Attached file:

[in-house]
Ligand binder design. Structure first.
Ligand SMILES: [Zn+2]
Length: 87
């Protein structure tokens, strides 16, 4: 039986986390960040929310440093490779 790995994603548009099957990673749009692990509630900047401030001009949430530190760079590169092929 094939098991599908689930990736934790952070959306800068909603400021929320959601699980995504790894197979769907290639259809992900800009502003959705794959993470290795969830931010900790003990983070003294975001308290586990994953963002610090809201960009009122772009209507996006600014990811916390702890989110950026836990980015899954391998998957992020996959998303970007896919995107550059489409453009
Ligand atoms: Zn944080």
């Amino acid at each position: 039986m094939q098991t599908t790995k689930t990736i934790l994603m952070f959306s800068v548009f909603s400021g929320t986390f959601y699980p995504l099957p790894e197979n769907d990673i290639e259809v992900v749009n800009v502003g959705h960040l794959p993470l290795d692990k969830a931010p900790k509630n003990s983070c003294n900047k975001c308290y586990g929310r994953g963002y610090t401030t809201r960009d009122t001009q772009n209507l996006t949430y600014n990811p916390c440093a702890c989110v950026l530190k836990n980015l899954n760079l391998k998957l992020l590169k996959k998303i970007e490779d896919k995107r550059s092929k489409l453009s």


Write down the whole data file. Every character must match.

[in-house]
Ligand binder design. Structure first.
Ligand SMILES: [Zn+2]
Length: 87
């Protein structure tokens, strides 16, 4: 039986986390960040929310440093490779 790995994603548009099957990673749009692990509630900047401030001009949430530190760079590169092929 094939098991599908689930990736934790952070959306800068909603400021929320959601699980995504790894197979769907290639259809992900800009502003959705794959993470290795969830931010900790003990983070003294975001308290586990994953963002610090809201960009009122772009209507996006600014990811916390702890989110950026836990980015899954391998998957992020996959998303970007896919995107550059489409453009
Ligand atoms: Zn944080």
């Amino acid at each position: 039986m094939q098991t599908t790995k689930t990736i934790l994603m952070f959306s800068v548009f909603s400021g929320t986390f959601y699980p995504l099957p790894e197979n769907d990673i290639e259809v992900v749009n800009v502003g959705h960040l794959p993470l290795d692990k969830a931010p900790k509630n003990s983070c003294n900047k975001c308290y586990g929310r994953g963002y610090t401030t809201r960009d009122t001009q772009n209507l996006t949430y600014n990811p916390c440093a702890c989110v950026l530190k836990n980015l899954n760079l391998k998957l992020l590169k996959k998303i970007e490779d896919k995107r550059s092929k489409l453009s």